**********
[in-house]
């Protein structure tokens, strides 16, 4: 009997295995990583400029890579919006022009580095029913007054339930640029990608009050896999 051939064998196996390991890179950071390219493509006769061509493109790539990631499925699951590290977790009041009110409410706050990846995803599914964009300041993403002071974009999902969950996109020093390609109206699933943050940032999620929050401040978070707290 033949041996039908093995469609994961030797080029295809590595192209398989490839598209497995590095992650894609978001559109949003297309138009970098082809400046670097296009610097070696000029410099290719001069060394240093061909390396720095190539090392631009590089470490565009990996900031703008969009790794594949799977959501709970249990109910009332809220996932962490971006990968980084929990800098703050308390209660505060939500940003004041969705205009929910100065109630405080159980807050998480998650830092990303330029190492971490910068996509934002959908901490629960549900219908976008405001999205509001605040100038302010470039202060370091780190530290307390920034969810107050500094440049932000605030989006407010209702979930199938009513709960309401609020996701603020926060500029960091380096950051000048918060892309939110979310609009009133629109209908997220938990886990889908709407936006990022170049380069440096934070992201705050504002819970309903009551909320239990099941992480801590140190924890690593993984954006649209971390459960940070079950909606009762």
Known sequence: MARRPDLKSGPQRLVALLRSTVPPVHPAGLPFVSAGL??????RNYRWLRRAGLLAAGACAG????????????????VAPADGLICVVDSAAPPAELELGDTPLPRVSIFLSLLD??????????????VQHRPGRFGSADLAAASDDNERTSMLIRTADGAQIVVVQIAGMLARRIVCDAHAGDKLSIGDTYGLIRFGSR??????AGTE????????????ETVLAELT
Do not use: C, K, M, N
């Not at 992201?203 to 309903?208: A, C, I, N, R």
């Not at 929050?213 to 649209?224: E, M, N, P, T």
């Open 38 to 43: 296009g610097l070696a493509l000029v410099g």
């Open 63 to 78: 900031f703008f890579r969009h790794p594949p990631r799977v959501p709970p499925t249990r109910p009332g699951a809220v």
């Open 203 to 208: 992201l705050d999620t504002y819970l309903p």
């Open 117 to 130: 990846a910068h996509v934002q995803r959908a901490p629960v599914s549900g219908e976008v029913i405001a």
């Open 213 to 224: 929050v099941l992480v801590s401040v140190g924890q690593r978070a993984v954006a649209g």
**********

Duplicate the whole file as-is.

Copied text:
[in-house]
């Protein structure tokens, strides 16, 4: 009997295995990583400029890579919006022009580095029913007054339930640029990608009050896999 051939064998196996390991890179950071390219493509006769061509493109790539990631499925699951590290977790009041009110409410706050990846995803599914964009300041993403002071974009999902969950996109020093390609109206699933943050940032999620929050401040978070707290 033949041996039908093995469609994961030797080029295809590595192209398989490839598209497995590095992650894609978001559109949003297309138009970098082809400046670097296009610097070696000029410099290719001069060394240093061909390396720095190539090392631009590089470490565009990996900031703008969009790794594949799977959501709970249990109910009332809220996932962490971006990968980084929990800098703050308390209660505060939500940003004041969705205009929910100065109630405080159980807050998480998650830092990303330029190492971490910068996509934002959908901490629960549900219908976008405001999205509001605040100038302010470039202060370091780190530290307390920034969810107050500094440049932000605030989006407010209702979930199938009513709960309401609020996701603020926060500029960091380096950051000048918060892309939110979310609009009133629109209908997220938990886990889908709407936006990022170049380069440096934070992201705050504002819970309903009551909320239990099941992480801590140190924890690593993984954006649209971390459960940070079950909606009762």
Known sequence: MARRPDLKSGPQRLVALLRSTVPPVHPAGLPFVSAGL??????RNYRWLRRAGLLAAGACAG????????????????VAPADGLICVVDSAAPPAELELGDTPLPRVSIFLSLLD??????????????VQHRPGRFGSADLAAASDDNERTSMLIRTADGAQIVVVQIAGMLARRIVCDAHAGDKLSIGDTYGLIRFGSR??????AGTE????????????ETVLAELT
Do not use: C, K, M, N
């Not at 992201?203 to 309903?208: A, C, I, N, R």
């Not at 929050?213 to 649209?224: E, M, N, P, T």
């Open 38 to 43: 296009g610097l070696a493509l000029v410099g």
């Open 63 to 78: 900031f703008f890579r969009h790794p594949p990631r799977v959501p709970p499925t249990r109910p009332g699951a809220v």
């Open 203 to 208: 992201l705050d999620t504002y819970l309903p």
């Open 117 to 130: 990846a910068h996509v934002q995803r959908a901490p629960v599914s549900g219908e976008v029913i405001a």
């Open 213 to 224: 929050v099941l992480v801590s401040v140190g924890q690593r978070a993984v954006a649209g």